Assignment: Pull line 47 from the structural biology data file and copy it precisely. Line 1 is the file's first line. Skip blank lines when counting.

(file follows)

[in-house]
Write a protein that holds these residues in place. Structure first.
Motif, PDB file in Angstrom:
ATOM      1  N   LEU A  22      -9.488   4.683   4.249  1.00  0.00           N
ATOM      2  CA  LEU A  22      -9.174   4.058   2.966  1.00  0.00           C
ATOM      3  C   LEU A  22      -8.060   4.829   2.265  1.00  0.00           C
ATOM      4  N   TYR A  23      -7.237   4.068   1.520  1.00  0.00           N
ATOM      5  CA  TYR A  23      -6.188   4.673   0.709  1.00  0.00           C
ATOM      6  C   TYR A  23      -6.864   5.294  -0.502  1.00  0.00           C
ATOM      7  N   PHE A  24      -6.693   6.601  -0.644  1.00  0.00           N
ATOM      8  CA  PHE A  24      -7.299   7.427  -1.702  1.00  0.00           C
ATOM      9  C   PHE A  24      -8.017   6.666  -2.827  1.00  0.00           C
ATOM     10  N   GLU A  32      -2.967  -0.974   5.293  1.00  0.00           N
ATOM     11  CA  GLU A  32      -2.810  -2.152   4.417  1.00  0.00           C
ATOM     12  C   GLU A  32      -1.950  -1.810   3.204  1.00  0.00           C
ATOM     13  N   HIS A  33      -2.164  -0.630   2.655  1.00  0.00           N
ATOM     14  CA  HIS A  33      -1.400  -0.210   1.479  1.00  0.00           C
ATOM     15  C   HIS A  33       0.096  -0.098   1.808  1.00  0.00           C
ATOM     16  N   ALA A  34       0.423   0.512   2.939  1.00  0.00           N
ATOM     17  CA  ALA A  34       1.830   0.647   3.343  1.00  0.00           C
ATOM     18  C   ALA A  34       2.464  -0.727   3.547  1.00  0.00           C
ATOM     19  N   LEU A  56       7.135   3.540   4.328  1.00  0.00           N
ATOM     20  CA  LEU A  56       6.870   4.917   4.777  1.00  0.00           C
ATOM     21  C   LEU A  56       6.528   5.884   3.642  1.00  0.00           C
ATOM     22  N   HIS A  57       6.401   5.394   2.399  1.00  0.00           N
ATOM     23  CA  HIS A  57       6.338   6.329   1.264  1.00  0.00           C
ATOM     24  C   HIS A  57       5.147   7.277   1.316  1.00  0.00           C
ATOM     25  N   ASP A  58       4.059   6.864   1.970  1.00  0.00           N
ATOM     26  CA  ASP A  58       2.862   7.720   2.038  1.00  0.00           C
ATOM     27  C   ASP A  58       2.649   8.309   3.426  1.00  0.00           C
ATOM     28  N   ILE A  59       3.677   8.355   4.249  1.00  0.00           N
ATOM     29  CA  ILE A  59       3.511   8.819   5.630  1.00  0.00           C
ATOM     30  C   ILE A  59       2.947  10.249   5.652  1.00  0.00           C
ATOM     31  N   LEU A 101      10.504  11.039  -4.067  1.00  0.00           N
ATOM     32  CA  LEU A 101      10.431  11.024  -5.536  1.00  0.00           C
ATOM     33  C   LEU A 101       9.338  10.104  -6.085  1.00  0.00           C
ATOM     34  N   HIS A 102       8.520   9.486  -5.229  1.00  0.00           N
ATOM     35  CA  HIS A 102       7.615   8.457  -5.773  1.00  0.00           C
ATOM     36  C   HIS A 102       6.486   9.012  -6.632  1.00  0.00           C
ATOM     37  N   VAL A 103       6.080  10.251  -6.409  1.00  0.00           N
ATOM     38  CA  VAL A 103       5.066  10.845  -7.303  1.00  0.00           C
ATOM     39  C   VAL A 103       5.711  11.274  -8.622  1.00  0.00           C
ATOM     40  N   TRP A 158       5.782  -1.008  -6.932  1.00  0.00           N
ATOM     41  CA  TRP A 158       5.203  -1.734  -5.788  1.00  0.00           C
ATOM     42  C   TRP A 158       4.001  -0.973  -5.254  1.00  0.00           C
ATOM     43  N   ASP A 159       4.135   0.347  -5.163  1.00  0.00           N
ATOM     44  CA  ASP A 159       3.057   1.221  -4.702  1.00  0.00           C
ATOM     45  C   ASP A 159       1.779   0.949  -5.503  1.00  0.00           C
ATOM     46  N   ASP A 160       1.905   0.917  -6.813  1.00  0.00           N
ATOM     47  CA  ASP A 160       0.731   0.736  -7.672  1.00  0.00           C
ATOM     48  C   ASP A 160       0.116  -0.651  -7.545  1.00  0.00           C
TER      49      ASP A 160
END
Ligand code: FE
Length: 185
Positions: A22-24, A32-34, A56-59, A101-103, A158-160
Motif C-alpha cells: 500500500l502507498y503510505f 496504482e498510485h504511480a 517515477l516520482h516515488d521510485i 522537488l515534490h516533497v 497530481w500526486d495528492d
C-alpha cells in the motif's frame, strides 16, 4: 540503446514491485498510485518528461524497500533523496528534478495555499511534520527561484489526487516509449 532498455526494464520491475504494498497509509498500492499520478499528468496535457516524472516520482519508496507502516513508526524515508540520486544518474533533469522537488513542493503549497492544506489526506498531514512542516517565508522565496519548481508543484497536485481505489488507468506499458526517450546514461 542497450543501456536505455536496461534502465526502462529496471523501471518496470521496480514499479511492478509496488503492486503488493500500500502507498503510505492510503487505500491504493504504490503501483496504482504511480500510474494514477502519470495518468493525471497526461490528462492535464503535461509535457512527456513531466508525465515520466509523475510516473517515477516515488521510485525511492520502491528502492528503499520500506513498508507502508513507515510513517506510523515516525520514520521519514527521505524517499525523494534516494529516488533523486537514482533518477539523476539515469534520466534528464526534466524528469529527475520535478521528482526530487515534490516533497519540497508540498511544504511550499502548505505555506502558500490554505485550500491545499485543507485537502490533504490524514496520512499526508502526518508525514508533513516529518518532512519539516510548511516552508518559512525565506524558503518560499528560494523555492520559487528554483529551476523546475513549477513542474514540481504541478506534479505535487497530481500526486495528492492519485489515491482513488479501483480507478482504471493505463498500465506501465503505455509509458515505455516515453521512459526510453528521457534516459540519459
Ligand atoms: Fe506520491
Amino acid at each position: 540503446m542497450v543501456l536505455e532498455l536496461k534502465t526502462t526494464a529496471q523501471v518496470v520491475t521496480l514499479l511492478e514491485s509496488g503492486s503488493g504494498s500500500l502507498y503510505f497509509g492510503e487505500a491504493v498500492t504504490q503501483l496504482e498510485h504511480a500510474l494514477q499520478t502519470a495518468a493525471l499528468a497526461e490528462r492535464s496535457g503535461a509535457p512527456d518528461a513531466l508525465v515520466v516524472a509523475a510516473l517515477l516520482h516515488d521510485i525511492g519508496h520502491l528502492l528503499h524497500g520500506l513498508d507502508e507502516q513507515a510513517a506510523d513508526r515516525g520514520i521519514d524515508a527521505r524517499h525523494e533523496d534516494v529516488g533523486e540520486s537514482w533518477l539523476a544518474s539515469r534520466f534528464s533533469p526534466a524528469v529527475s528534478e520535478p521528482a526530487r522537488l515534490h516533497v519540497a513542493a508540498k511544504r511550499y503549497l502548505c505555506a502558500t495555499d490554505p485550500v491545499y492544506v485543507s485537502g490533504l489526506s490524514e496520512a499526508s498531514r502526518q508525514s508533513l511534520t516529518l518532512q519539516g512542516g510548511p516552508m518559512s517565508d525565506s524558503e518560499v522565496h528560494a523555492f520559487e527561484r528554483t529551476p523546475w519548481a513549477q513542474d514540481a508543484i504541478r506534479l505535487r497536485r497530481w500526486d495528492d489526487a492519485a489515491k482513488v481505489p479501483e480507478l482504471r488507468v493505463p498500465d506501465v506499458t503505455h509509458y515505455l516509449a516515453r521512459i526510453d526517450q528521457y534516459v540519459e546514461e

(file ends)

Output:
ATOM     44  CA  ASP A 159       3.057   1.221  -4.702  1.00  0.00           C